The story of Zacchaeus (Lk 19:1-10)

At first sight, this morning’s reading from Luke’s Gospel is straight forward, but if we look more closely, this account gives a startling insight into the real meaning of conversion, and the way that God works in our hearts even before a person is saved. In verse 2 we are told that, as Jesus was passing through Jericho, there was a man by the name of Zacchaeus who was a chief tax collector and he was wealthy” — three bits of information which help to set the scene.

Firstly, the man’s name was Zacchaeus. This name actually means ‘pure’ — and I can only ask, did his given name signify the hopes and aspirations of his parents or is it a name which is intended to point towards the outcome of this morning’s story.

Secondly, we are told that Zacchaeus was a tax collector. Taxes were raised for the benefit of Rome: they were not for the welfare of the local population. By being a tax collector, Zacchaeus had sold his soul to the other side — and not only that, he was a chief tax collector. He had obviously been very good at his job and he had risen to the top, and in doing so he would have been acquainted and friendly with the local Roman dignitaries. He would have been moving in different social circles and he had probably all but forgotten his Hebrew roots — this meant that he would probably have been treated by his fellow Jews as an outcast.

Finally, one other thing that we are told in this opening verse is that Zacchaeus was wealthy — he would have had to have paid Rome a stated amount of tax for the territory which had been allocated to him but it is probable that he became rich by gathering more taxes than he paid Rome … and no doubt he would have been pretty ruthless about it, much like today’s loan sharks. If he had been collecting taxes from a widow who could not pay, he would probably have put her out of her house and if a man was unable to pay enough, he would have been forced to take out a mortgage on his own property in order to release the required cash. It would appear that Zacchaeus had robbed many people to gain his wealth.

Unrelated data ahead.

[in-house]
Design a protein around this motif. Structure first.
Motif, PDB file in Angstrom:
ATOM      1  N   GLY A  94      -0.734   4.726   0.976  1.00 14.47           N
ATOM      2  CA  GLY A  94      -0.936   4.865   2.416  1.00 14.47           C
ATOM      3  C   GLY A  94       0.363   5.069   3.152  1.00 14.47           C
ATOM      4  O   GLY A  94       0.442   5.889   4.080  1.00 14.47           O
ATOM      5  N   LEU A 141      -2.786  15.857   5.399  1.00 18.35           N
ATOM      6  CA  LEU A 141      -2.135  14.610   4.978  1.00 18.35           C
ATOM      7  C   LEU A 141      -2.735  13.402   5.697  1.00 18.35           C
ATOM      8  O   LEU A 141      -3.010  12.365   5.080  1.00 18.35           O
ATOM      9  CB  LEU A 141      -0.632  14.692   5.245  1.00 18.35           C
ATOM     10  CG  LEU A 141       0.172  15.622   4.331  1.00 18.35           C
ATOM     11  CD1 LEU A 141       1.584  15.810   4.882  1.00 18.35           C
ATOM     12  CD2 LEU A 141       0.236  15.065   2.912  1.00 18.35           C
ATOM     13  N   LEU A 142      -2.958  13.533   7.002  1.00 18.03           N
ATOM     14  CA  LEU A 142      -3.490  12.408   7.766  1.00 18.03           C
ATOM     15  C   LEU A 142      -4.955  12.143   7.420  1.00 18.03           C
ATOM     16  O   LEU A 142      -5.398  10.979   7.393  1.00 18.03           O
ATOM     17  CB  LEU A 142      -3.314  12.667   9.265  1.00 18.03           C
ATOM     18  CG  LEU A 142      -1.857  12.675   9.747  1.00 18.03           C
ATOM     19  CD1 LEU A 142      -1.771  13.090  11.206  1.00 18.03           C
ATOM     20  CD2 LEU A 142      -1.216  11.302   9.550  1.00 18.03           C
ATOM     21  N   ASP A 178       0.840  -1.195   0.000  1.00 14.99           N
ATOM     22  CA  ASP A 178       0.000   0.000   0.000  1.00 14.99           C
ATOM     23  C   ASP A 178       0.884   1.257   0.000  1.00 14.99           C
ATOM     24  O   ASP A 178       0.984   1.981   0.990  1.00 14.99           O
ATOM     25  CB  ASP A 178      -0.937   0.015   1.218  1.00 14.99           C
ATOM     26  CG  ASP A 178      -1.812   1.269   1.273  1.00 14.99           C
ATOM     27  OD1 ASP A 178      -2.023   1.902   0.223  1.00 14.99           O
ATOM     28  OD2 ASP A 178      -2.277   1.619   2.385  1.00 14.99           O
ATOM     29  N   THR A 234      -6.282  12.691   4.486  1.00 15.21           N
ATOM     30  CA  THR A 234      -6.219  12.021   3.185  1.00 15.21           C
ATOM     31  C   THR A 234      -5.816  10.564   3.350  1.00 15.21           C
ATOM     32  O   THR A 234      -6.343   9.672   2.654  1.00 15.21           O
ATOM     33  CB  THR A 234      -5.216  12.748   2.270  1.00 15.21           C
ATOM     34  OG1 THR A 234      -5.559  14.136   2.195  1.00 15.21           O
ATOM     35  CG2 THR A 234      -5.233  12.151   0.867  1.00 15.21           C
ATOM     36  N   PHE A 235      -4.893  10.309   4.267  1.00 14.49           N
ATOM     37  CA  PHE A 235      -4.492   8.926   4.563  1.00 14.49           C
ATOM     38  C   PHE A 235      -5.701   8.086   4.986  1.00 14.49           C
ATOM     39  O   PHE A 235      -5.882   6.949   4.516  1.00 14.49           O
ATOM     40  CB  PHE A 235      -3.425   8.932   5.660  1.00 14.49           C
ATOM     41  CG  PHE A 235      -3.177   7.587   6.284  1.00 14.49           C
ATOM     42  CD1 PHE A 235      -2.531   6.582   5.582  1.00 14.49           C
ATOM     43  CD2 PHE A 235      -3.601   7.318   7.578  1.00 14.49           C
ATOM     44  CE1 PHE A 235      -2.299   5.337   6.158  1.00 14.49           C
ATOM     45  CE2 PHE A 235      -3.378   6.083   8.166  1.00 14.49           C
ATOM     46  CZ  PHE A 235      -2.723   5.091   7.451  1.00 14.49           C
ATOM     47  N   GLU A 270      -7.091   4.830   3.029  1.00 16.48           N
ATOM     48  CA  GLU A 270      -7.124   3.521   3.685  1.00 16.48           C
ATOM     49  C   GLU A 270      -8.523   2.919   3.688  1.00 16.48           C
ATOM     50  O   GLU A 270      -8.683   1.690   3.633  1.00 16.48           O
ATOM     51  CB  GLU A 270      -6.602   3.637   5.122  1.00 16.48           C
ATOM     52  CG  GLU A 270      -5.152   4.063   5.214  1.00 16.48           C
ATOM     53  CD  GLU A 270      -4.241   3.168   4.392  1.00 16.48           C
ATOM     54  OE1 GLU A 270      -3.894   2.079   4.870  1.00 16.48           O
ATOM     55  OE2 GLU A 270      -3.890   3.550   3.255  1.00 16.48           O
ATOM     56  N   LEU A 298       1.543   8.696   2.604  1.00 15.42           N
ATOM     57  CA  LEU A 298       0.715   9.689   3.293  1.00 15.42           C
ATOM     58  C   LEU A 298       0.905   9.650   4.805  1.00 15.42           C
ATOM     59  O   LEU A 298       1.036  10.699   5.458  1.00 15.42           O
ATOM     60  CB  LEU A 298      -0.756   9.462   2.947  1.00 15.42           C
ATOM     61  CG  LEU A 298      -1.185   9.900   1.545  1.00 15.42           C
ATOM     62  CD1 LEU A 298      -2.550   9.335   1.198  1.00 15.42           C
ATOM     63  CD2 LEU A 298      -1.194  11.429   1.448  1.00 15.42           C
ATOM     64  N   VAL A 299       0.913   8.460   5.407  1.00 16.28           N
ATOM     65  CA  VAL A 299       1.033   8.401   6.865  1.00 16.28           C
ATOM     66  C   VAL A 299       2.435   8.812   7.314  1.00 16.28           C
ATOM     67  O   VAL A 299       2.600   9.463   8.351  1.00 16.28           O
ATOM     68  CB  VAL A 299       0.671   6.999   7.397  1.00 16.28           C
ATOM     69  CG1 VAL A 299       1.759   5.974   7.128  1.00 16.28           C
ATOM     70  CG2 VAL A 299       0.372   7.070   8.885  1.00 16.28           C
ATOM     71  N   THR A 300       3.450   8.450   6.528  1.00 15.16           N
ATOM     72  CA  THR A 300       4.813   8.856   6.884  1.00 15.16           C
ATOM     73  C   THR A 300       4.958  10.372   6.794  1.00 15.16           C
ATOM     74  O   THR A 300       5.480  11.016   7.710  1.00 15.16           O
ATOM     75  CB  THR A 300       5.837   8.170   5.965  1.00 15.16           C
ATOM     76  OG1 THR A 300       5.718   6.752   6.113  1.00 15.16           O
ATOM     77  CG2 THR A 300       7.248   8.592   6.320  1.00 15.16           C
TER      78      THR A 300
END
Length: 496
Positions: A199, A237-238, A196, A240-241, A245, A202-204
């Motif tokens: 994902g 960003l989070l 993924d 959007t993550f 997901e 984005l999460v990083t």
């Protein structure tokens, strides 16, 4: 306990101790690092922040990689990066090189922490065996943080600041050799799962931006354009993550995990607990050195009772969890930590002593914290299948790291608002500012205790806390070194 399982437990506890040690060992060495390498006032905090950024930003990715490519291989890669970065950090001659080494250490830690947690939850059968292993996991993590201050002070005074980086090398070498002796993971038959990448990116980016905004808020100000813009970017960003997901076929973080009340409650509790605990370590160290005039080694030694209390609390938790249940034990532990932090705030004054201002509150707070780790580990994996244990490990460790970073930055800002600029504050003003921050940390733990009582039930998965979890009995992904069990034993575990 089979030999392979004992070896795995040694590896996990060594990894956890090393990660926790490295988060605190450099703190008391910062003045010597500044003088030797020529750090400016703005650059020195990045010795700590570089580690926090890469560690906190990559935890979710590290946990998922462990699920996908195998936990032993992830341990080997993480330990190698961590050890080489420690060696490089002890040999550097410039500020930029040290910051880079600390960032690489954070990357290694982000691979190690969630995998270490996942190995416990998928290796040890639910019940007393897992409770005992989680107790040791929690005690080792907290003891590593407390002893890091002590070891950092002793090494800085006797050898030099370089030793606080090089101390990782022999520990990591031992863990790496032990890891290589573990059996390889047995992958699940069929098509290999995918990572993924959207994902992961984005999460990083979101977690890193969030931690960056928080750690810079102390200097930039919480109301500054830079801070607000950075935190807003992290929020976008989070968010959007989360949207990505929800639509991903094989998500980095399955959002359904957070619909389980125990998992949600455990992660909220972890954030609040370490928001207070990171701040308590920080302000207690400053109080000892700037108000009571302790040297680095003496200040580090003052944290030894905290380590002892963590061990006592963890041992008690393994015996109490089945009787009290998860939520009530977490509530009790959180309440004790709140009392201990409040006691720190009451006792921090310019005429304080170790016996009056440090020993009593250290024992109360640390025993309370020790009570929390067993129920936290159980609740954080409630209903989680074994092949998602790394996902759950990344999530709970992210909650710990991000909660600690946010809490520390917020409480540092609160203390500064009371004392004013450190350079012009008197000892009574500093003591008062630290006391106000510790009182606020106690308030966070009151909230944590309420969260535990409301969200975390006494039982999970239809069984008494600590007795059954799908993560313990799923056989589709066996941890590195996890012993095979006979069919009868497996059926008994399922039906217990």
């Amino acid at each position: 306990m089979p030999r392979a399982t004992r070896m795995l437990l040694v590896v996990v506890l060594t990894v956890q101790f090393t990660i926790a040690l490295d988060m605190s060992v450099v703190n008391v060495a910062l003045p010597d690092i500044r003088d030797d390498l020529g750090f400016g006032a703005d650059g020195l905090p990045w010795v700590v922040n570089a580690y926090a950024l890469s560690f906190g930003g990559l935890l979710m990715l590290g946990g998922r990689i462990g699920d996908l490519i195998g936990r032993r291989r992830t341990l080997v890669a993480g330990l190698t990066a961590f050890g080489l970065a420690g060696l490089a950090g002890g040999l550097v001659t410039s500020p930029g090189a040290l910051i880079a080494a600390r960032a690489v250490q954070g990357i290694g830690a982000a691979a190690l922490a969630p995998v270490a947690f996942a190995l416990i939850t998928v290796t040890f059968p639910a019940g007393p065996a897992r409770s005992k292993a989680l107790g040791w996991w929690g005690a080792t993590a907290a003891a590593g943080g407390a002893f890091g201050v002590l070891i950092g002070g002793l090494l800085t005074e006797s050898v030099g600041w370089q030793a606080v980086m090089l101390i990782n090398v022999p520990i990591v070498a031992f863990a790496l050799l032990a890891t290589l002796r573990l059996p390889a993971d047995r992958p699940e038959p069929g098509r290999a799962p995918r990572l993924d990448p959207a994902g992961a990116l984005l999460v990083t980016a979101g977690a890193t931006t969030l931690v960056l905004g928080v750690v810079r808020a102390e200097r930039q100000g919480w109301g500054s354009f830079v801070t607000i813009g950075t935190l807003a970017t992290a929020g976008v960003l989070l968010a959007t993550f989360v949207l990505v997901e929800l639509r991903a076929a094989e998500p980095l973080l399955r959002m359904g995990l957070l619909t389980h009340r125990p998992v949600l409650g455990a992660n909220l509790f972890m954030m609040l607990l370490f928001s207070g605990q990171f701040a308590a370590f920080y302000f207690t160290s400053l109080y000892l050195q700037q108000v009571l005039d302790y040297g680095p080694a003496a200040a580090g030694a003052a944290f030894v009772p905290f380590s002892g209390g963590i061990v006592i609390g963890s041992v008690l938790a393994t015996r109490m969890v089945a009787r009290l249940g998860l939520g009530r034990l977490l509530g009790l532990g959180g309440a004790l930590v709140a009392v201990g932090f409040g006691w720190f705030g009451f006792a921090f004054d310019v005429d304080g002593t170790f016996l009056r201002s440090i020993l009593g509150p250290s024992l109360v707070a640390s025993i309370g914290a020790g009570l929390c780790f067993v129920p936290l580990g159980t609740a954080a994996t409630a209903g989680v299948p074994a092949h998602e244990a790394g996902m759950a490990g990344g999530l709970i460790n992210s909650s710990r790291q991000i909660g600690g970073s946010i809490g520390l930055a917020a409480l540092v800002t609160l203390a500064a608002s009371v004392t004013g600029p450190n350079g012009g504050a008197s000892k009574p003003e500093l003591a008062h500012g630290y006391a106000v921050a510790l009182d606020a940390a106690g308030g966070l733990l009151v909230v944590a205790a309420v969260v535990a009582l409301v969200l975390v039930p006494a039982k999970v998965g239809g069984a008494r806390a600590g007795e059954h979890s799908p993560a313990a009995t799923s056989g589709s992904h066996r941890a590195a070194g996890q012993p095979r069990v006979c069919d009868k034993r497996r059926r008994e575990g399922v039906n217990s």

One other thing we know about Zacchaeus from these opening verses was that he was short — not only would he have been reviled by those who knew him because of his activities, but he would also probably have been treated as a figure of fun. He had been pushed to the back of the crowd and he was being ignored when Jesus entered the city. But when we think about what happened next we must ask, “Was this man simply curious about Jesus or was he unsatisfied with his life and the social isolation from his fellow Jews. Was he in fact desperate to renew his relationship with God?”

And here I ask, could this possibly have been the man who was at the centre of the parable of the Pharisee and the Tax Collector in chapter 18 of Luke’s Gospel? The one who …
“… stood at a distance and would not even look up to heaven, but beat his breast and said, “God, have mercy on me, a sinner.” (v. 13) On the face of it, this incident seems ludicrous. Zacchaeus was a wealthy and probably an influential man, and yet he ran ahead of the crowd and climbed a tree like a child would to gain a better chance of seeing Jesus. Is there another subliminal connection being made here by Luke? Are Zacchaeus’ actions a reflection of the words of Jesus who said … “Unless people become like little children they cannot enter the kingdom of God (Luke 18:17).”